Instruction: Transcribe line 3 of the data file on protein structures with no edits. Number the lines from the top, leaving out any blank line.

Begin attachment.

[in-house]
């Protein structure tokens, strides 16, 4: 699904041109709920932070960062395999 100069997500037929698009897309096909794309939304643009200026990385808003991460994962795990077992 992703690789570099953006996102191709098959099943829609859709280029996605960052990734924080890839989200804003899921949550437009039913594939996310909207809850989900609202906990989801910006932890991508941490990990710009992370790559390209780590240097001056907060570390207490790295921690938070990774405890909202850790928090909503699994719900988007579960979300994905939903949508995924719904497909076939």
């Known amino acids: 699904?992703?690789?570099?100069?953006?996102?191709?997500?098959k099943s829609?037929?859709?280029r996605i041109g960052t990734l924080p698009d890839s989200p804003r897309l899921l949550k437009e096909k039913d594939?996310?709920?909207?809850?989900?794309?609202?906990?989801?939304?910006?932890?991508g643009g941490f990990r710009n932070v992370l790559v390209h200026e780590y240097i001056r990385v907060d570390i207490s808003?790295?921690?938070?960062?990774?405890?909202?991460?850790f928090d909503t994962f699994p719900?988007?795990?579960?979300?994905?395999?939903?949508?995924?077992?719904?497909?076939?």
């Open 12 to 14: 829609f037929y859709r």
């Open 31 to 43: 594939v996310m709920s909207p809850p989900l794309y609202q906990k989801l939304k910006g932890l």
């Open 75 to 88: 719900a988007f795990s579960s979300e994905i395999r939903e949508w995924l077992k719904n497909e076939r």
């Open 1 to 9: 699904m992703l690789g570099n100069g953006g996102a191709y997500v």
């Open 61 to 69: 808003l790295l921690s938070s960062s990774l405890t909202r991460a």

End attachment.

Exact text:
């Known amino acids: 699904?992703?690789?570099?100069?953006?996102?191709?997500?098959k099943s829609?037929?859709?280029r996605i041109g960052t990734l924080p698009d890839s989200p804003r897309l899921l949550k437009e096909k039913d594939?996310?709920?909207?809850?989900?794309?609202?906990?989801?939304?910006?932890?991508g643009g941490f990990r710009n932070v992370l790559v390209h200026e780590y240097i001056r990385v907060d570390i207490s808003?790295?921690?938070?960062?990774?405890?909202?991460?850790f928090d909503t994962f699994p719900?988007?795990?579960?979300?994905?395999?939903?949508?995924?077992?719904?497909?076939?």